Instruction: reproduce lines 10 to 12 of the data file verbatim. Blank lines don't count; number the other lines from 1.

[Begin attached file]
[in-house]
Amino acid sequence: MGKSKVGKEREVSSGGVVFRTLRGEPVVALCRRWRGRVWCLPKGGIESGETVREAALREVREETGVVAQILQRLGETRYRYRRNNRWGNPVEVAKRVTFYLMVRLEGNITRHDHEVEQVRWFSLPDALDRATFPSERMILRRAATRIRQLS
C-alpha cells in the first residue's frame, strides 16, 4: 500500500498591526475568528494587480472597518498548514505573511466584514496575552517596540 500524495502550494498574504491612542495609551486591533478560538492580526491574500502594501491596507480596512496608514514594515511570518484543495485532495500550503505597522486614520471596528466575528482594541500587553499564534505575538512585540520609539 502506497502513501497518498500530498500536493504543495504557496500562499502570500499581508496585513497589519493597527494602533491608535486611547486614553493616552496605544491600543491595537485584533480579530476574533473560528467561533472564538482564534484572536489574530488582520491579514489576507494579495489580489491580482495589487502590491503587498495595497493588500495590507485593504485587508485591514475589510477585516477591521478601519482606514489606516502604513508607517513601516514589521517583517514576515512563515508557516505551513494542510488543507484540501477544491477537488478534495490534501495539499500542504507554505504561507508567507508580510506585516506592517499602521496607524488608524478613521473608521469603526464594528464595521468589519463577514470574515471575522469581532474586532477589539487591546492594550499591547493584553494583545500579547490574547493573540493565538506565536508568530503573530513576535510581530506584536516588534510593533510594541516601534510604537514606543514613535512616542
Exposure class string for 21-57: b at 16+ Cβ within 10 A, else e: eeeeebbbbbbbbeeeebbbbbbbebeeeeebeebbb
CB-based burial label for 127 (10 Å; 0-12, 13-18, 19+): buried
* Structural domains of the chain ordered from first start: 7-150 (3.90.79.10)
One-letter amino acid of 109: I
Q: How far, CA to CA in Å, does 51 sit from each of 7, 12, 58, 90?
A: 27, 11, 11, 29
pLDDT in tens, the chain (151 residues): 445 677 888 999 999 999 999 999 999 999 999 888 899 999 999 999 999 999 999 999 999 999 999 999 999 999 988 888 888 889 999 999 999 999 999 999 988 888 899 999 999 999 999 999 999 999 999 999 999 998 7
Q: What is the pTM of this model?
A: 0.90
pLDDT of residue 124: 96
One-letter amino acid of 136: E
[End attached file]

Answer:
pLDDT in tens, the chain (151 residues): 445 677 888 999 999 999 999 999 999 999 999 888 899 999 999 999 999 999 999 999 999 999 999 999 999 999 988 888 888 889 999 999 999 999 999 999 988 888 899 999 999 999 999 999 999 999 999 999 999 998 7
Q: What is the pTM of this model?
A: 0.90